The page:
Robert Schumann’s Frauenliebe und -leben is a song cycle that depicts, in eight poems, a woman’s love and life. Its texts, poems by Adelbert von Chamisso, sum up a woman’s life roughly as: 1. I can’t think of anything but him; 2. He’s wonderful and I am not worthy; 3. OMG – he said he loved me; 4. I am his and have the ring to prove it; 5. Girlfriends: today I leave you for him; 6. I am pregnant with mini-you; 7. I feed my baby and am fulfilled; 8. Your death is the first time you have truly hurt me.
How does any self-respecting modern woman perform the song cycle today, in which the female protagonist is defined solely in relation to the man and her role as wife and mother?
Missing are the songs about locking yourself in a bathroom to cry over being dumped, or the bittersweet freedom of ending a relationship and moving on, or the relief of finally being able to hand the baby to someone else and put on a top that doesn’t need to open for quick access to your breast. Missing is any sense of this woman’s place outside of the home.
Isn’t it faintly ridiculous to stand before an audience and sing these pieces today?
I’m going to go out on a limb here and say … well, no, I don’t think it is.
The song cycle is a work that I have loved for many years. I was first attracted by the sheer beauty of the music. It’s somehow simple and charming on the surface, but with hidden depths – often in the piano part, in which subtle changes to repetitions develop the emotional impact of the woman’s words, or a lower octave reinforces intensity of feeling (for instance in the fourth song, Du Ring an meinem Finger – it’s one of my favourite moments!). There’s also the way the voice and piano respond to each other, sometimes conversing, sometimes speaking as one. The piano postlude, which looks back to the opening of the cycle, moves me to tears in performance – the same notes presented with the weight of time passed. The music speaks where words no longer can.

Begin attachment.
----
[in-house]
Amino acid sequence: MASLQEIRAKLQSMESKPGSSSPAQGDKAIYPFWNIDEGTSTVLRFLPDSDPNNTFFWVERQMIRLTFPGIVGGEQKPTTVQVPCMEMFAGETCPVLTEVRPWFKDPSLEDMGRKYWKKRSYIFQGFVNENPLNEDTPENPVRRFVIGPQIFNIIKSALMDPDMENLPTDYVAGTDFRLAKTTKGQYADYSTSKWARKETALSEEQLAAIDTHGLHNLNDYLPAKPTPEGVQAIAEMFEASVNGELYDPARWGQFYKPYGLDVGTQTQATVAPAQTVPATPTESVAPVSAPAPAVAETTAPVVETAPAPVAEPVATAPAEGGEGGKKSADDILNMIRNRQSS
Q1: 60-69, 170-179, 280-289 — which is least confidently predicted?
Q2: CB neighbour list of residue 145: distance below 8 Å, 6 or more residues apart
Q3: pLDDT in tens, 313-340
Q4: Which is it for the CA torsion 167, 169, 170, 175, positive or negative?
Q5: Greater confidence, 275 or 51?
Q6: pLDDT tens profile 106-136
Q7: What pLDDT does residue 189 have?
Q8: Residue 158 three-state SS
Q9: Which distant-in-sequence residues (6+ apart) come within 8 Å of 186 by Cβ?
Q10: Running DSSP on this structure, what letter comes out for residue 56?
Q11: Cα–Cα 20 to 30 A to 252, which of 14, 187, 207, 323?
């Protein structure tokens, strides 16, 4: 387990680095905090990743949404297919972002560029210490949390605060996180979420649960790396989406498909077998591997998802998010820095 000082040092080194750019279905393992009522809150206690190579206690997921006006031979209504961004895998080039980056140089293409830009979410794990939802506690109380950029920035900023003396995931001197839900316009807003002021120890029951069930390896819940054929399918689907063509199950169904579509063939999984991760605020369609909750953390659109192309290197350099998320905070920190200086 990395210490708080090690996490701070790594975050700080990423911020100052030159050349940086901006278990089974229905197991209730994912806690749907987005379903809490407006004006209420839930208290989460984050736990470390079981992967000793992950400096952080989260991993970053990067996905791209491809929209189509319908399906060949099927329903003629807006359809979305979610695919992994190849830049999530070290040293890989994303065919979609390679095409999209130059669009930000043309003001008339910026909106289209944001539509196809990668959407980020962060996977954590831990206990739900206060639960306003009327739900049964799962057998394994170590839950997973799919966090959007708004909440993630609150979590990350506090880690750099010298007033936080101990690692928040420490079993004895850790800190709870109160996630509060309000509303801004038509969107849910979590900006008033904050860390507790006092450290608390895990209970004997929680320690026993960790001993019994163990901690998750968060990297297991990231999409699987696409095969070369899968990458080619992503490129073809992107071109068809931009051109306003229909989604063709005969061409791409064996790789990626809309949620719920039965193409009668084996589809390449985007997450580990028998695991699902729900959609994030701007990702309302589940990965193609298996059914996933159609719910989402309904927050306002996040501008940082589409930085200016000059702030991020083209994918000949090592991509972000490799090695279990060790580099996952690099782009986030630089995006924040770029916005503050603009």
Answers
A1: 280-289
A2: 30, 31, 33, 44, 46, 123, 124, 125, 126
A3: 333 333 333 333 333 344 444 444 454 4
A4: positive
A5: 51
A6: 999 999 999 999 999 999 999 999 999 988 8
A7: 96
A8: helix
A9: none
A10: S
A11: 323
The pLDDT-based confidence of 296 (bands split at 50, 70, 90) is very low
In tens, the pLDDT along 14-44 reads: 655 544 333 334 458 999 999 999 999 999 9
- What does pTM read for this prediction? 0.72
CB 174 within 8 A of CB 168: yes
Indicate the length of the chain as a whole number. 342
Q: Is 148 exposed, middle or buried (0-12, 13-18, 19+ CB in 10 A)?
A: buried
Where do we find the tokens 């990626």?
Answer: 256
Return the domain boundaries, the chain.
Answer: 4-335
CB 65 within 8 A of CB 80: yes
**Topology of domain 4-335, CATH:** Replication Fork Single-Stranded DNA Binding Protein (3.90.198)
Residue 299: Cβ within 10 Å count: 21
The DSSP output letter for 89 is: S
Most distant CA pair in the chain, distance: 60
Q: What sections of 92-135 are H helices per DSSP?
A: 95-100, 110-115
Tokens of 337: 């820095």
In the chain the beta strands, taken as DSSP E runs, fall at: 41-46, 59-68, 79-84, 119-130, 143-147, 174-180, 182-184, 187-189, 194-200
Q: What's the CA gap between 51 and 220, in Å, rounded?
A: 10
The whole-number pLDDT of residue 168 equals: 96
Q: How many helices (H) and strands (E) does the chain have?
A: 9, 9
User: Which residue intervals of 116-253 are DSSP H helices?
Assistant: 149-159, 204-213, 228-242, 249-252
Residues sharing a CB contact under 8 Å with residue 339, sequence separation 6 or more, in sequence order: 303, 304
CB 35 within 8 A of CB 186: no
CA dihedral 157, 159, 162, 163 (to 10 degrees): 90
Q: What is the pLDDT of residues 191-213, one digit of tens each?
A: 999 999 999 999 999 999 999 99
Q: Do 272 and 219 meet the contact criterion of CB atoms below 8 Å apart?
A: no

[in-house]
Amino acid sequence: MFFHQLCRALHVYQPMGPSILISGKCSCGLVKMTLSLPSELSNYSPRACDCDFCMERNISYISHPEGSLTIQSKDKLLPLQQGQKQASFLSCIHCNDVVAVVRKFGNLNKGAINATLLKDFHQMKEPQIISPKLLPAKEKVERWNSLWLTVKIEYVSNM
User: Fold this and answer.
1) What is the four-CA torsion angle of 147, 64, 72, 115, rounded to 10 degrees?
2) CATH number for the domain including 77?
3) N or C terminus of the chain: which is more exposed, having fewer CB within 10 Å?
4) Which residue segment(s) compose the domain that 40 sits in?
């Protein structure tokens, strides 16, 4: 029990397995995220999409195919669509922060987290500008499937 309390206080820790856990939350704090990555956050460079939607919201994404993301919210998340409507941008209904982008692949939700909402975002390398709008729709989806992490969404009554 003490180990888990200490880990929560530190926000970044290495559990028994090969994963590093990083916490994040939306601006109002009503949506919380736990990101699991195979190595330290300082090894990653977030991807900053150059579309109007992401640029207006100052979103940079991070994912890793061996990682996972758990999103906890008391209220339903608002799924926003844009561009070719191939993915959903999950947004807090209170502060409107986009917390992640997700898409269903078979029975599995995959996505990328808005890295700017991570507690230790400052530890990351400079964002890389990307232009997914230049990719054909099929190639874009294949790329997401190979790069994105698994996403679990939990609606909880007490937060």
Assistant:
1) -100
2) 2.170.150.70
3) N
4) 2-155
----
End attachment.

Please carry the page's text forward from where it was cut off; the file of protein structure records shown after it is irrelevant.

But, as I spent more time with the text, I found that I could relate to many emotions in the individual songs of Frauenliebe. I remember the feeling of first teenage crushes, of being unable to think of anything else, the thrill of getting engaged, the bustle of preparing for my wedding. And, like Schumann’s fictional woman, I still treasure the memories of feeding my children and the intense, private connection I felt to them. I am fortunate enough not to have experienced the death of a partner, but deeply empathise with the numbness of the final song.
These songs were composed in 1840 to poems written in 1830. The accepted and expected view of a woman’s life was pretty much as described here. The words are of their time. But let’s not forget that there are also feistier women portrayed in 19th-century song. I’m thinking of the poems translated into German by Paul Heyse that Hugo Wolf set in his Italienisches Liederbuch; Schumann’s heroine certainly seems quite conservative in comparison to Wolf’s more sexually adventurous character. But singers are used to inhabiting characters on stage that have nothing to do with our own personalities. I didn’t feel I had much in common with Mozart’s Queen of the Night or Handel’s Semele, for example, but a singer’s job is to use their imagination and empathy to understand motivations and make each character believable.